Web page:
Quote:


UC Davis and Ohio state have put out a tremendous amount of info in regard to AP in the states. I've even thought about messing with Giant macrobrachium rosenbergii prawns but I really have a knack for getting ahead of myself since I doubt I can provide a suitable environment and I can't convince myself that it's even worth growing just a handful of them for a few months before they'd get eaten or just die.

Just the look of them fascinates me!
Image

So yeah back on track...

I am nervous about using NFT channels due to my mini pond not having a lot of volume and the water temp can fluctuate by a few degrees (in the shade) just from the temperature of the air. The roof has this very reflective silver paint and we see the alleycat sleeping in the corner of the roof getting some sun in the dead of winter when it is not windy but definitely below freezing. I'll have to put some more thought into it. I'd love to increase the reservoir of water and do something like NFT channels on the garage roof! Although I'd have to plant something that wouldn't need daily harvesting as I don't know if I'd be up for climbing up a ladder to harvest a few veggies everyday.

Well, hopefully the weather clears up. We just got walloped by a Nor'easter and it's keeping me from waterproffing a wooden table that I made to hold the AP before I can finally seal it up and cycle it etc before connecting it to the pond.

The pond is in the top right of the pic. The AP kit is actually buried under the snow where my dog is uhh helping to cycle it... He is my little liquid fertilizing machine for the plants that grow in the dirt.

Image

And the table... It's just awaiting a nice day so it can get a coat or two of polyurethane.

Image

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PostPosted: Feb 27th, '10, 13:31 
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And I thought my water freezing was pretty tough to cope with. How do you keep the bacteria alive when it goes sub zero?


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PostPosted: Feb 27th, '10, 13:42 
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gemmell wrote:
And I thought my water freezing was pretty tough to cope with. How do you keep the bacteria alive when it goes sub zero?


I'll be honest. I don't know. I read that Nitrosomonas and Nitrobacter are everywhere. Lurking... waiting for the right conditions to multiply and survive especially in New York with the high amount of pollution... they live on everything outdoors. I will tell you that when spring rolls around and the water temp goes above 45 degrees I start feeding the fish a high wheat based formula of Hikari fish pellets and I start using some of the pond water for the container plants that I have in the yard while replacing it with some fresh tap water that I left standing for a few days in a bucket in hopes of the Chlorine evaporating out of it. I know it sounds a little cooky but I'm sort of trying to be a little more unscientific about it. Otherwise I'll turn into a raging control freak and wind up not enjoying it. I might start whimsically buying digital PH/DO/ etc meters for a little 100 gallon feature.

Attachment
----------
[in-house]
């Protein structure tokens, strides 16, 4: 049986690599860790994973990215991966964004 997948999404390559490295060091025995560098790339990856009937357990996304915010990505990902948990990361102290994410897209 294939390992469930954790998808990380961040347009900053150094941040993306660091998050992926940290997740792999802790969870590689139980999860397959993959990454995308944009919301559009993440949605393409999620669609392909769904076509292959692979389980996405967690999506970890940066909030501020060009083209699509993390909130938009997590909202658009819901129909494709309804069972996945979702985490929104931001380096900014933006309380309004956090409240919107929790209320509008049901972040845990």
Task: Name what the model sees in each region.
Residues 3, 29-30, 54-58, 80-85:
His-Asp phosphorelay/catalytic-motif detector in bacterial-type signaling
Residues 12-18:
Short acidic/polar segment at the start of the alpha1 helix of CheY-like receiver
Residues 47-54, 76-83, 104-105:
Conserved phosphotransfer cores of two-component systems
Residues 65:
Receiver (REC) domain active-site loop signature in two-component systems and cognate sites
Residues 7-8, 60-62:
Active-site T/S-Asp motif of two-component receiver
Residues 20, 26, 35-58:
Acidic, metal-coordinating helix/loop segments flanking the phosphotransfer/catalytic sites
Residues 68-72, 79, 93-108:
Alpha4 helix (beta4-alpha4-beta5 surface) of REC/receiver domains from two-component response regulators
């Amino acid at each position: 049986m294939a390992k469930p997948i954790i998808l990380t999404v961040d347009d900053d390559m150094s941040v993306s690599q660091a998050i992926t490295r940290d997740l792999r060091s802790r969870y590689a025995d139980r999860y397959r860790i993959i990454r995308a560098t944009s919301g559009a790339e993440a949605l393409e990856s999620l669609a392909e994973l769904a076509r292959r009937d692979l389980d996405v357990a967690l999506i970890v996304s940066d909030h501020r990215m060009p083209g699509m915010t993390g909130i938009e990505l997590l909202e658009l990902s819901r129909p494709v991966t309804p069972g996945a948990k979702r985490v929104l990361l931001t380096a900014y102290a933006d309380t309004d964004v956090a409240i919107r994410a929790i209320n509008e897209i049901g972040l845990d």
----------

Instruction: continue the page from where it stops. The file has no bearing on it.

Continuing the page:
;)

I did turn on the waterfall a few times between november and now for no longer than a day b/c I was being a little opportunistic to take advantage of a warm day figuring that I might be able to raise the DO levels a bit. And so far I fed the fish once since I shut the pond down in november/december. Feeder Goldfish must be the ultimate beginners fish hybridized over their existence to take a beating.

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PostPosted: Feb 27th, '10, 13:45 
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Oh and I use one of these to keep a hole in the ice for when the surface freezes over:
Image

I could have sworn I payed much less than what I now see on these websites.
http://www.aqua-mart.com/flph.html